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John Frost

Relevant, then Interesting





One of the quickest ways to focus your radio station and give your air talent an objective way of discerning what to talk about on the air is the simple rule of

By choosing only content that is relevant to your listener forces the talent to put the listener ahead of themselves.   This profound realignment of priorities changes the paradigm from what is interesting to the talent to what is relevant to the listener.   In other words, this puts you in the position of serving your listener’s interests and expectations, quite an appropriate mindset, I’d say, for a Christian radio station.  

Hearing irrelevant content on the air is the result of air talent first looking for things that are “interesting” and then trying to make them relevant (if at all).  That is how one ends up hearing things like Shirley Temple’s birthday, National Pickle Week, and what I did on my summer vacation.   Without an objective filter of relevance to the listener, the talent resorts to becoming sort of a content assembly line, paying little attention to whether what they say enhances the listener’s experience or fulfills their expectations of the station.  Ego rears its ugly head when we assume that the listener will care about anything we decide to talk about.  It’s not true in life and it’s certainly not true in radio listening with a push button an arm’s length away.  Ask anyone who has watched kids squirm during a children’s sermon, or adults squirm as it gets dangerously close to lunch and kick off time.  Or consider how quickly you change the TV channels with remote in hand as you scan pass programs that aren’t relevant to your specific interests.   

As a budding 23 year old disc jockey I was hired at my first “big” station where everyone on the air was better than me.   Frankly, they were all so much better that my insecurities, all air talent have them, had me convinced that when I showed up in my U-Haul trailer with my bean bag chair and albums I would be greeted at the station door with the news that they had me confused with someone else and had actually hired me by mistake.  I’m not making this up, as Dave Barry would say.  After the ink on my deal was securely dried, I got up the courage to ask my new PD, “Why in the world did you hire me?”  He smiled and responded, “It was one break you did on your audition tape.”  He had heard me give a phone number on a throwaway PSA followed by, “you might want to write that down on the dust on your dashboard.”   That one unassuming break told my soon to be first programming mentor what he needed to know about this young air talent: that anyone who thinks about what his listener is doing while on the air is someone who was ready to learn all the other stuff he was ready to teach me.   I heard that refrain repeated decades later in Chris Rice’s “Other Side of the Radio.”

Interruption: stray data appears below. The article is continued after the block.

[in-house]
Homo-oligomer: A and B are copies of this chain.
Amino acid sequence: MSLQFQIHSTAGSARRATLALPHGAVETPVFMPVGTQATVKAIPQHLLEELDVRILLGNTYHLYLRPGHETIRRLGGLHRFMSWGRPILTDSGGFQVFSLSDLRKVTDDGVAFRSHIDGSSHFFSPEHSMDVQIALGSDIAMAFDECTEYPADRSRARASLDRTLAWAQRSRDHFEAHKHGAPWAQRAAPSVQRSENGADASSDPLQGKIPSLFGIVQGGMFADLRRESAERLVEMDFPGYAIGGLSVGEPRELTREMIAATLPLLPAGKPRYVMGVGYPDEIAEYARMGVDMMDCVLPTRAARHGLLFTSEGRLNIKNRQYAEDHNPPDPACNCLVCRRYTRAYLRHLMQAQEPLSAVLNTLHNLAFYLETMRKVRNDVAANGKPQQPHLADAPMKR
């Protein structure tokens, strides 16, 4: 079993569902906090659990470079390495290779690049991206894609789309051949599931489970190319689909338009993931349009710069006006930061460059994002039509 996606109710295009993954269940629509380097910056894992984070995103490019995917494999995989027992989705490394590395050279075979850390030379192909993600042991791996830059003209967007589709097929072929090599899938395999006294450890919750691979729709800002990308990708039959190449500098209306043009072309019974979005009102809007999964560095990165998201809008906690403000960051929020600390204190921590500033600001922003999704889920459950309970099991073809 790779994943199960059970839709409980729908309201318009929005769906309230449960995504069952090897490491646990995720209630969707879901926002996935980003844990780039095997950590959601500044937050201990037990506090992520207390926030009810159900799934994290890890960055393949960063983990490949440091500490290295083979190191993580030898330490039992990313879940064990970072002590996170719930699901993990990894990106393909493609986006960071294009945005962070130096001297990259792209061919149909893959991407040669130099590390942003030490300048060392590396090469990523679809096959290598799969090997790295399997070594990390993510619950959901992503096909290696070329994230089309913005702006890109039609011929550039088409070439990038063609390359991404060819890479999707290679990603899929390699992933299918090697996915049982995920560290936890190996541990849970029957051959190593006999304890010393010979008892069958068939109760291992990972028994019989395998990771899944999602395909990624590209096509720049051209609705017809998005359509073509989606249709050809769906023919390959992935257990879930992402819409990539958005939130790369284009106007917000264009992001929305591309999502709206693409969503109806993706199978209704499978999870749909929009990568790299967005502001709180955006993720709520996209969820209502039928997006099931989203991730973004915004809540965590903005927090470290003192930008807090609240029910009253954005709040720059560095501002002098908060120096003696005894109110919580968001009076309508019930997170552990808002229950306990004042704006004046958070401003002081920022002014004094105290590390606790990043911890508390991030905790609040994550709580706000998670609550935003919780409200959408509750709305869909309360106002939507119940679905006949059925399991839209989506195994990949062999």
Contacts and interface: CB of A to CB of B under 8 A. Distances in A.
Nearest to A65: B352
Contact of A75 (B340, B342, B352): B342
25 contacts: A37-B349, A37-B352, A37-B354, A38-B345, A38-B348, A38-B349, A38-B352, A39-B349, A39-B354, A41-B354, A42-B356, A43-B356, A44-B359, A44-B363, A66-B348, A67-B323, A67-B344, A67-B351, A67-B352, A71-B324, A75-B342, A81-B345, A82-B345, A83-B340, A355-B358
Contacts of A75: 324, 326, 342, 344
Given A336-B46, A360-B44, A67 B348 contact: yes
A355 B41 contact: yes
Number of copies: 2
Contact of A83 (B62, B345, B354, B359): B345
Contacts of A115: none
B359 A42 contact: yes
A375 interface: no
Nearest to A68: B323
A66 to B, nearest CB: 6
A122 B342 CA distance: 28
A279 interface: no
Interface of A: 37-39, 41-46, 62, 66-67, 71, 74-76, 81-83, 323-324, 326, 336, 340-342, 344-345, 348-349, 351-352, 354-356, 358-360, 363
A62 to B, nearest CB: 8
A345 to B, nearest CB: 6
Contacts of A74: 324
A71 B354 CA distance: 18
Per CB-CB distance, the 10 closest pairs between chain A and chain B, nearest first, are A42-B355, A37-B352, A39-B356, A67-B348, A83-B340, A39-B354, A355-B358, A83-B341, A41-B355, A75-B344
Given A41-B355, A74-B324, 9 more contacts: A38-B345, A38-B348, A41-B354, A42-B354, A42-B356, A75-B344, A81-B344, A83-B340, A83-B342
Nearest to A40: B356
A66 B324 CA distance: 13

John is a partner in Goodratings Strategic Services, and has been a successful major market disc jockey and program director for such companies as CBS, Cap Cities, Westinghouse, Sandusky, Gannett, and Alliance during his 38 year broadcast career.  John joined Goodratings’ partner Alan Mason in 1999.